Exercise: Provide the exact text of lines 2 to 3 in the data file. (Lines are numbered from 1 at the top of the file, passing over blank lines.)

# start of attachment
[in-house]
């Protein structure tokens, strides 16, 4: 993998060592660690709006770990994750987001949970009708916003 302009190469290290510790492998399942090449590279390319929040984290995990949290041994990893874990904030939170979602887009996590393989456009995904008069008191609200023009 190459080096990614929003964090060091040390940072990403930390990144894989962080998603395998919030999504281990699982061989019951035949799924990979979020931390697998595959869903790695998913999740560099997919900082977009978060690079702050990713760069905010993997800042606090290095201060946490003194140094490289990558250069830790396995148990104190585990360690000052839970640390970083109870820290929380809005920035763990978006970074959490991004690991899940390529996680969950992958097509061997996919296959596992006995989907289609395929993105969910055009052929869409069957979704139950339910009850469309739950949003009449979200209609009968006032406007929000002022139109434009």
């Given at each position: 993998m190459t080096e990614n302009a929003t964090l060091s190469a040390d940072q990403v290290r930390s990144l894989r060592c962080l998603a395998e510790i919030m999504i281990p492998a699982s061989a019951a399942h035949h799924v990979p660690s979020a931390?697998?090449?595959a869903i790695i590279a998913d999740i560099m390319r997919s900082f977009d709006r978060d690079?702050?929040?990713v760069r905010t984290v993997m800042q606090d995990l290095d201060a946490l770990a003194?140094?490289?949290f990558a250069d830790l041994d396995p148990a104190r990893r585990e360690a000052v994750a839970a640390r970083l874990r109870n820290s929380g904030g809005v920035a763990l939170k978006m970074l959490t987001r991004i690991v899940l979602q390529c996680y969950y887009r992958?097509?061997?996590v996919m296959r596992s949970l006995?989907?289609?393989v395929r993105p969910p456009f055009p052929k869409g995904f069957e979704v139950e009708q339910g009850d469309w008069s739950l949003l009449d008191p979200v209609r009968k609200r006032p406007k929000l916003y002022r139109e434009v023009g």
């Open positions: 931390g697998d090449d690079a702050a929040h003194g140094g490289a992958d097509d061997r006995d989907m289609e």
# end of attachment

């Protein structure tokens, strides 16, 4: 993998060592660690709006770990994750987001949970009708916003 302009190469290290510790492998399942090449590279390319929040984290995990949290041994990893874990904030939170979602887009996590393989456009995904008069008191609200023009 190459080096990614929003964090060091040390940072990403930390990144894989962080998603395998919030999504281990699982061989019951035949799924990979979020931390697998595959869903790695998913999740560099997919900082977009978060690079702050990713760069905010993997800042606090290095201060946490003194140094490289990558250069830790396995148990104190585990360690000052839970640390970083109870820290929380809005920035763990978006970074959490991004690991899940390529996680969950992958097509061997996919296959596992006995989907289609395929993105969910055009052929869409069957979704139950339910009850469309739950949003009449979200209609009968006032406007929000002022139109434009």
């Given at each position: 993998m190459t080096e990614n302009a929003t964090l060091s190469a040390d940072q990403v290290r930390s990144l894989r060592c962080l998603a395998e510790i919030m999504i281990p492998a699982s061989a019951a399942h035949h799924v990979p660690s979020a931390?697998?090449?595959a869903i790695i590279a998913d999740i560099m390319r997919s900082f977009d709006r978060d690079?702050?929040?990713v760069r905010t984290v993997m800042q606090d995990l290095d201060a946490l770990a003194?140094?490289?949290f990558a250069d830790l041994d396995p148990a104190r990893r585990e360690a000052v994750a839970a640390r970083l874990r109870n820290s929380g904030g809005v920035a763990l939170k978006m970074l959490t987001r991004i690991v899940l979602q390529c996680y969950y887009r992958?097509?061997?996590v996919m296959r596992s949970l006995?989907?289609?393989v395929r993105p969910p456009f055009p052929k869409g995904f069957e979704v139950e009708q339910g009850d469309w008069s739950l949003l009449d008191p979200v209609r009968k609200r006032p406007k929000l916003y002022r139109e434009v023009g």